Pseudomonas Aeruginosa

produces a natural surfactant


Oily animal treatment is reviewed in the Gulf of Mexico

No need for scrubbing

No need for scrubbing with mayonnaise and handling the animals and birds for hours on end, a process that traumatizes animals and requires considerable man power. Trials show that spraying a SlickAway™ solution onto the feathers, a significant proportion of the crude oil (approximately (75-80%) came off by moving them around in a pool of water or by rinsing with a shower spray; an application baby oil or vegetable oil removes any remaining crude oil residue.



Lewis Patton; Superintendent

"...Aquinoc is the only one that works.”

Quote from Lewis Patton; Superintendent Caughnawaga Golf Course: "We use environmentally designed practices on our course. I have tried many different biological products to treat our ponds and Aquinoc is the only one that works.”

Pseudomonas Aeruginosa

Scientific classification

Scientific classification Kingdom: Bacteria Phylum: Proteobacteria Class: Gamma Proteobacteria Order: Pseudomonadales Family: Pseudomonadaceae Genus: Pseudomonas Migula 1894 Type species : Pseudomonas aeruginosa

All species and strains of Pseudomonas are Gram-negative rods, and have historically been classified as strict aerobes. Exceptions to this classification have recently been discovered in Pseudomonas biofilms[12].

These bacteria break down certain pollutants in order to create by-products essential to their own growth and survival. A significant number can produce exopolysaccharides that are known as biofilms. Secretion of exopolysaccharide makes it difficult for Pseudomonads to be phagocytosed by mammalian white blood cells.[13)

Bio remediation of hydrocarbons Some members of the genus Pseudomonas are able to metabolise chemical pollutants in the environment including hydrocarbons, InocUsol has access to several species of pseudomonas that may be added to the basic formulation of Terrasol when needed. This includes several strains of P. alcaligenes, which can degrade polycyclic aromatic hydrocarbons [21] in the presence of surfactants.

Bio remediation of solvents
• P. mendocina, which is able to degrade toluene.[22]
• P. pseudoalcaligenes is able to use cyanide as a nitrogen source.[23]
• P. resinovorans can degrade carbazole.[24]
• P. veronii has been shown to degrade a variety of simple aromatic organic compounds.[25][26]
• P. putida has the ability to degrade organic solvents such as toluene.[27]
• At least one strain of this bacterium is able to convert morphine in aqueous solution into the stronger and somewhat expensive to manufacture drug hydromorphone (Dilaudid).
• Strain KC of P. stutzeri is able to degrade carbon tetrachloride



InocUsol formulations for oil and grease contamination of waste water may contain certain pseudomonas species.
InocUsol product formulations include these species when the contaminated material contains substances that inhibit the growth of the natural flora in the surrounding environment, such as with hydrocarbons and heavy metals pollution. The beneficial flora has to attain a concentration of 109 CFU/ml in order for the overall biological control process to be effective. In general, Pseudomonas species need aeration.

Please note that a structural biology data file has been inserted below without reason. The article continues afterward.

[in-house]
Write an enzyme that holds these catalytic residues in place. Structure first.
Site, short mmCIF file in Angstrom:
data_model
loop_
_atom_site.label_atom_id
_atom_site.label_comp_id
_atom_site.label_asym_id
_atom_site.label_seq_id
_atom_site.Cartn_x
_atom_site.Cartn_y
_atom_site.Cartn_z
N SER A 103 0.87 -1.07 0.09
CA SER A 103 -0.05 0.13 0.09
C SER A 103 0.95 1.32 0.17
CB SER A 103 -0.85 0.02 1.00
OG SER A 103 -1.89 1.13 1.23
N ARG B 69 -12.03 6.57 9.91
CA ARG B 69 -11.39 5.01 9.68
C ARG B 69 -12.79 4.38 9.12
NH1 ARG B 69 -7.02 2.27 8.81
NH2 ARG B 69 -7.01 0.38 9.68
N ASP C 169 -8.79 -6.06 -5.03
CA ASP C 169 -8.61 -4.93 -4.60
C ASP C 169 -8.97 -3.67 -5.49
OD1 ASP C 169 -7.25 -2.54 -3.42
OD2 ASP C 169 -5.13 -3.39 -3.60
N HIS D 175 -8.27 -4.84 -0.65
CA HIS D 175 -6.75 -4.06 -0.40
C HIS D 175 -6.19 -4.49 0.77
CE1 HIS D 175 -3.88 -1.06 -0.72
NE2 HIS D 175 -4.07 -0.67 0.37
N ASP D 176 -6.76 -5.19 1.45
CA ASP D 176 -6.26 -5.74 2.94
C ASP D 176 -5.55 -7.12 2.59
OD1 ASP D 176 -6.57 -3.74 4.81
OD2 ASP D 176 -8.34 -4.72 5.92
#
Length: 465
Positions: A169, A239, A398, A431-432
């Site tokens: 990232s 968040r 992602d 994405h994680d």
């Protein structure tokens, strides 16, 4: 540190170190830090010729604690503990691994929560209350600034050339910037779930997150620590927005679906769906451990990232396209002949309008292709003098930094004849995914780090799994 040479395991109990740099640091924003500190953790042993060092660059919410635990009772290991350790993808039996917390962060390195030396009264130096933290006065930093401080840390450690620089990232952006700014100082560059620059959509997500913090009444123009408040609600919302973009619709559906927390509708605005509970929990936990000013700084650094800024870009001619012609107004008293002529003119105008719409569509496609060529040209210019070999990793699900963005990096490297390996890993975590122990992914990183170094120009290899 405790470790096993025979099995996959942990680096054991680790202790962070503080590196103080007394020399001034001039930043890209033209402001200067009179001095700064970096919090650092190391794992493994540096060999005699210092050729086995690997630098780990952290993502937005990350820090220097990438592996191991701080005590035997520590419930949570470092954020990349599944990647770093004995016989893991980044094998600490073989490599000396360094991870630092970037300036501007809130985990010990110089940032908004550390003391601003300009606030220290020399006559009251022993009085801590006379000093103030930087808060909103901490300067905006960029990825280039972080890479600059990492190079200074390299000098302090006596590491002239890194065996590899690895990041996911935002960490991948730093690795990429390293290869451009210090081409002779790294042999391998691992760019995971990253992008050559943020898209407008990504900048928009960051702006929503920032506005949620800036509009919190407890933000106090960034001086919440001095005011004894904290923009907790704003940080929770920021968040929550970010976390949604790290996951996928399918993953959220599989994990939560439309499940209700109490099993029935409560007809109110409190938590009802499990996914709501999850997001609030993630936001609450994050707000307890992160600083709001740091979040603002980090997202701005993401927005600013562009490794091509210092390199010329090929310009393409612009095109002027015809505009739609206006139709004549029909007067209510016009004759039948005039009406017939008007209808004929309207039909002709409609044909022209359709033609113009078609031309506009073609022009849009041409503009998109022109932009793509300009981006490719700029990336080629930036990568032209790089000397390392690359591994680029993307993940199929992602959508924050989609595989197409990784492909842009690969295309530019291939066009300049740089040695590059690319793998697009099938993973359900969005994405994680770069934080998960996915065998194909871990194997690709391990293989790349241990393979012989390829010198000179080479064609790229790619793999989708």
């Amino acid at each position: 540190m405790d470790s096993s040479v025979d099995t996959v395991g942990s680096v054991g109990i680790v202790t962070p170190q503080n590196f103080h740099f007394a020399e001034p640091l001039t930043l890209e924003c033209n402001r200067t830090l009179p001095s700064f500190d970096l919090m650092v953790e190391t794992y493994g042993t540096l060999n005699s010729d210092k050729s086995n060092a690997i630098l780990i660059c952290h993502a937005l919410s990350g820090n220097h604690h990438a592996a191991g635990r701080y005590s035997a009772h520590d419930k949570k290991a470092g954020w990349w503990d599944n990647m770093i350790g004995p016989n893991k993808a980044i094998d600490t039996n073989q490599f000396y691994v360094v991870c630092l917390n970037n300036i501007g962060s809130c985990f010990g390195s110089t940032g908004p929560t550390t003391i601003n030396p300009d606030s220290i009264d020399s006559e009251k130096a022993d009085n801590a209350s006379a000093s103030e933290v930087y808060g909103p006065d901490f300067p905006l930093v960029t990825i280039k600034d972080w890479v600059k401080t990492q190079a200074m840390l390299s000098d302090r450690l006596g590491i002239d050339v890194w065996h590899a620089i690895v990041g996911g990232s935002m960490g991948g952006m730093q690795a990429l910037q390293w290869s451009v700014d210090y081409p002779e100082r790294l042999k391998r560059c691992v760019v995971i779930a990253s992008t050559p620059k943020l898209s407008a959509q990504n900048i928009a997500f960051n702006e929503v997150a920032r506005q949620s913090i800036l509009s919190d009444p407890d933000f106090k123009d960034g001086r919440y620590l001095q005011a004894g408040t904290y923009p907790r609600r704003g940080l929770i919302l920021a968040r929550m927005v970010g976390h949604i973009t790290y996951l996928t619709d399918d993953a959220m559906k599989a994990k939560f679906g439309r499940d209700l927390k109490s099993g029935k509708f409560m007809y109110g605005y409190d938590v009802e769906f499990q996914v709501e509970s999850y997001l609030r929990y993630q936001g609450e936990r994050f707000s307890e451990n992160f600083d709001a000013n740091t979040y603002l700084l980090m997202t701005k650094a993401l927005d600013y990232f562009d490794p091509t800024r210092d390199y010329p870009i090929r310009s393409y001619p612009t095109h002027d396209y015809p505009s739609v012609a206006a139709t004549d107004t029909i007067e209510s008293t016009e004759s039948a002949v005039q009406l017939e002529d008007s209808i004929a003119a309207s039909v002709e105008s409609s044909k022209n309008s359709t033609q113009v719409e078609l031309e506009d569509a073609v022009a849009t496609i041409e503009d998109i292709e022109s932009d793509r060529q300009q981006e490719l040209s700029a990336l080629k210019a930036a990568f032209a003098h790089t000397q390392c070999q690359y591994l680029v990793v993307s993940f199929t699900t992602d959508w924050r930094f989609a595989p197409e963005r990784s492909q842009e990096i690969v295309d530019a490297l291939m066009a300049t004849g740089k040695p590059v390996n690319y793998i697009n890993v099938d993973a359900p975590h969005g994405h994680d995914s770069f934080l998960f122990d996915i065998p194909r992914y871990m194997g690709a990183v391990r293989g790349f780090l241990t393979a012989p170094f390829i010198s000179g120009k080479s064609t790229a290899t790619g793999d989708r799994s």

1. Cornelis P (editor) (2008). Pseudomonas: Genomics and Molecular Biology (1st ed.). Caister Academic Press. ISBN 978-1-904455-19-6. ISBN 1904455190.

2. Hassett D, Cuppoletti J, Trapnell B, Lymar S, Rowe J, Yoon S, Hilliard G, Parvatiyar K, Kamani M, Wozniak D, Hwang S, McDermott T, Ochsner U (2002). "Anaerobic metabolism and quorum sensing by Pseudomonas aeruginosa biofilms in chronically infected cystic fibrosis airways: rethinking antibiotic treatment strategies and drug targets". Adv Drug Deliv Rev 54 (11): 1425–43. doi:10.1016/S0169-409X(02)00152-7. PMID 12458153.

3. Ryan KJ; Ray CG (editors) (2004). Sherris Medical Microbiology (4th ed.). McGraw Hill. ISBN 0838585299.

4. O'Mahony MM, Dobson AD, Barnes JD, Singleton I (2006). "The use of ozone in the remediation of polycyclic aromatic hydrocarbon contaminated soil". Chemosphere 63 (2): 307–14. doi:10.1016/j.chemosphere.2005.07.018. PMID 16153687.

5. Yen KM, Karl MR, Blatt LM, et al. (1991). "Cloning and characterization of a Pseudomonas mendocina KR1 gene cluster encoding toluene-4-monooxygenase". J. Bacteriol. 173 (17): 5315– 27. PMID 1885512.

6. Huertas MJ, Luque-Almagro VM, Martínez-Luque M, et al. (2006). "Cyanide metabolism of Pseudomonas pseudoalcaligenes CECT5344: role of siderophores". Biochem. Soc. Trans. 34 (Pt 1): 152–5. doi:10.1042/BST0340152. PMID 16417508.

7. Nojiri H, Maeda K, Sekiguchi H, et al. (2002). "Organization and transcriptional characterization of catechol degradation genes involved in carbazole degradation by Pseudomonas resinovorans strain CA10". Biosci. Biotechnol. Biochem. 66 (4): 897–901. doi:10.1271/bbb.66.897. PMID 12036072.

8. Nam, et al.; Chang, YS; Hong, HB; Lee, YE (2003). "A novel catabolic activity of Pseudomonas veronii in biotransformation of pentachlorophenol". Applied Microbiology and Biotechnology 62 (2-3): 284–90. doi:10.1007/s00253-003-1255-1. PMID 12883877.

9. Onaca, et al.; Kieninger, M; Engesser, KH; Altenbuchner, J (2007 Mar 9). "Degradation of alkyl methyl ketones by Pseudomonas veronii". Journal of Bacteriology 189 (10): 3759–67. doi:10.1128/JB.01279-06. PMID 17351032. 10. Marqués S, Ramos JL (1993). "Transcriptional control of the Pseudomonas putida TOL plasmid catabolic pathways". Mol. Microbiol. 9 (5): 923–9. doi:10.1111/j.1365-2958.1993.tb01222.x. PMID 7934920.